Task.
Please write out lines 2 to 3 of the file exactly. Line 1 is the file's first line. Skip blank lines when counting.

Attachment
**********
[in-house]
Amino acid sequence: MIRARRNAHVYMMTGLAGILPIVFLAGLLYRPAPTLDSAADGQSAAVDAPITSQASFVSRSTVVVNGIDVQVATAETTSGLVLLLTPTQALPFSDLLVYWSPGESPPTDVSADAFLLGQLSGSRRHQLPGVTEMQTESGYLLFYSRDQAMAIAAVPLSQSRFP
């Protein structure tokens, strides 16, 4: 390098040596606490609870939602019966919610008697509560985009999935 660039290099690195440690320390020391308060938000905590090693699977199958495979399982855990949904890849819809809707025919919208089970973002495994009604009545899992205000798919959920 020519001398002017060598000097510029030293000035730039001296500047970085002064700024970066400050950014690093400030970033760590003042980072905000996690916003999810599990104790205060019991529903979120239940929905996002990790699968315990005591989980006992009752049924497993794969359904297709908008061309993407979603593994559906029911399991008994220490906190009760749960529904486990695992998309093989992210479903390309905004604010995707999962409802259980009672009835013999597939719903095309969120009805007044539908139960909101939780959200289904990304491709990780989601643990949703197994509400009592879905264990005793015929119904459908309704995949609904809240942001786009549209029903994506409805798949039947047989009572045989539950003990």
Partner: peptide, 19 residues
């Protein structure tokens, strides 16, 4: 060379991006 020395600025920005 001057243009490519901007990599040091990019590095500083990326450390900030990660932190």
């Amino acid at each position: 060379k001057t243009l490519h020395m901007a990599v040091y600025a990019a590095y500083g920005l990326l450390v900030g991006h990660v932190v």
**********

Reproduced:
Amino acid sequence: MIRARRNAHVYMMTGLAGILPIVFLAGLLYRPAPTLDSAADGQSAAVDAPITSQASFVSRSTVVVNGIDVQVATAETTSGLVLLLTPTQALPFSDLLVYWSPGESPPTDVSADAFLLGQLSGSRRHQLPGVTEMQTESGYLLFYSRDQAMAIAAVPLSQSRFP
């Protein structure tokens, strides 16, 4: 390098040596606490609870939602019966919610008697509560985009999935 660039290099690195440690320390020391308060938000905590090693699977199958495979399982855990949904890849819809809707025919919208089970973002495994009604009545899992205000798919959920 020519001398002017060598000097510029030293000035730039001296500047970085002064700024970066400050950014690093400030970033760590003042980072905000996690916003999810599990104790205060019991529903979120239940929905996002990790699968315990005591989980006992009752049924497993794969359904297709908008061309993407979603593994559906029911399991008994220490906190009760749960529904486990695992998309093989992210479903390309905004604010995707999962409802259980009672009835013999597939719903095309969120009805007044539908139960909101939780959200289904990304491709990780989601643990949703197994509400009592879905264990005793015929119904459908309704995949609904809240942001786009549209029903994506409805798949039947047989009572045989539950003990």